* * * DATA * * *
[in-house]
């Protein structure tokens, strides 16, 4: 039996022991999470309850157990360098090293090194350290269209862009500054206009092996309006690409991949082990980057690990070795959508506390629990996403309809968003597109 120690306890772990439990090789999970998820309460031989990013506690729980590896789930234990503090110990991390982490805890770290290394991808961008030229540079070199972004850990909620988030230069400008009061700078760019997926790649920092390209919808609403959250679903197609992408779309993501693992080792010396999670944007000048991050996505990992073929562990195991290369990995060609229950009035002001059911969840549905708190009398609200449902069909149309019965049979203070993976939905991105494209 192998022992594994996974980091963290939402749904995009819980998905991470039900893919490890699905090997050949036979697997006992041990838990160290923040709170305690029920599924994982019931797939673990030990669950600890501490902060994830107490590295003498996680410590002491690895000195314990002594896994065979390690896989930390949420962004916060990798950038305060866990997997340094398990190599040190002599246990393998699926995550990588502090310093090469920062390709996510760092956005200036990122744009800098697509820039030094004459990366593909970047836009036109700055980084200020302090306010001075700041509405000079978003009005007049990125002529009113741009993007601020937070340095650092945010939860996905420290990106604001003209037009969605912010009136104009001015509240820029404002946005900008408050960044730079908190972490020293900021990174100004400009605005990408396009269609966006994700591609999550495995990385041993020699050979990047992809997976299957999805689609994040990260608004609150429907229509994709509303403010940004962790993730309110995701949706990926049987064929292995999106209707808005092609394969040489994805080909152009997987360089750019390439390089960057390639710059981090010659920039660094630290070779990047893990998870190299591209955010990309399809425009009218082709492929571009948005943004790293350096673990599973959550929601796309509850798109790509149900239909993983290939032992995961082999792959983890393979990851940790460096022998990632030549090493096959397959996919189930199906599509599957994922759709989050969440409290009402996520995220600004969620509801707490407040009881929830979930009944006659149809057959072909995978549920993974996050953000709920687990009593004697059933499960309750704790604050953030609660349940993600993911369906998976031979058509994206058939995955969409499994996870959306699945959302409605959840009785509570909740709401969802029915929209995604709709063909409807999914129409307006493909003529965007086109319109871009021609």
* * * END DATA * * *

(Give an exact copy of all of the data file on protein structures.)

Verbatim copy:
[in-house]
């Protein structure tokens, strides 16, 4: 039996022991999470309850157990360098090293090194350290269209862009500054206009092996309006690409991949082990980057690990070795959508506390629990996403309809968003597109 120690306890772990439990090789999970998820309460031989990013506690729980590896789930234990503090110990991390982490805890770290290394991808961008030229540079070199972004850990909620988030230069400008009061700078760019997926790649920092390209919808609403959250679903197609992408779309993501693992080792010396999670944007000048991050996505990992073929562990195991290369990995060609229950009035002001059911969840549905708190009398609200449902069909149309019965049979203070993976939905991105494209 192998022992594994996974980091963290939402749904995009819980998905991470039900893919490890699905090997050949036979697997006992041990838990160290923040709170305690029920599924994982019931797939673990030990669950600890501490902060994830107490590295003498996680410590002491690895000195314990002594896994065979390690896989930390949420962004916060990798950038305060866990997997340094398990190599040190002599246990393998699926995550990588502090310093090469920062390709996510760092956005200036990122744009800098697509820039030094004459990366593909970047836009036109700055980084200020302090306010001075700041509405000079978003009005007049990125002529009113741009993007601020937070340095650092945010939860996905420290990106604001003209037009969605912010009136104009001015509240820029404002946005900008408050960044730079908190972490020293900021990174100004400009605005990408396009269609966006994700591609999550495995990385041993020699050979990047992809997976299957999805689609994040990260608004609150429907229509994709509303403010940004962790993730309110995701949706990926049987064929292995999106209707808005092609394969040489994805080909152009997987360089750019390439390089960057390639710059981090010659920039660094630290070779990047893990998870190299591209955010990309399809425009009218082709492929571009948005943004790293350096673990599973959550929601796309509850798109790509149900239909993983290939032992995961082999792959983890393979990851940790460096022998990632030549090493096959397959996919189930199906599509599957994922759709989050969440409290009402996520995220600004969620509801707490407040009881929830979930009944006659149809057959072909995978549920993974996050953000709920687990009593004697059933499960309750704790604050953030609660349940993600993911369906998976031979058509994206058939995955969409499994996870959306699945959302409605959840009785509570909740709401969802029915929209995604709709063909409807999914129409307006493909003529965007086109319109871009021609």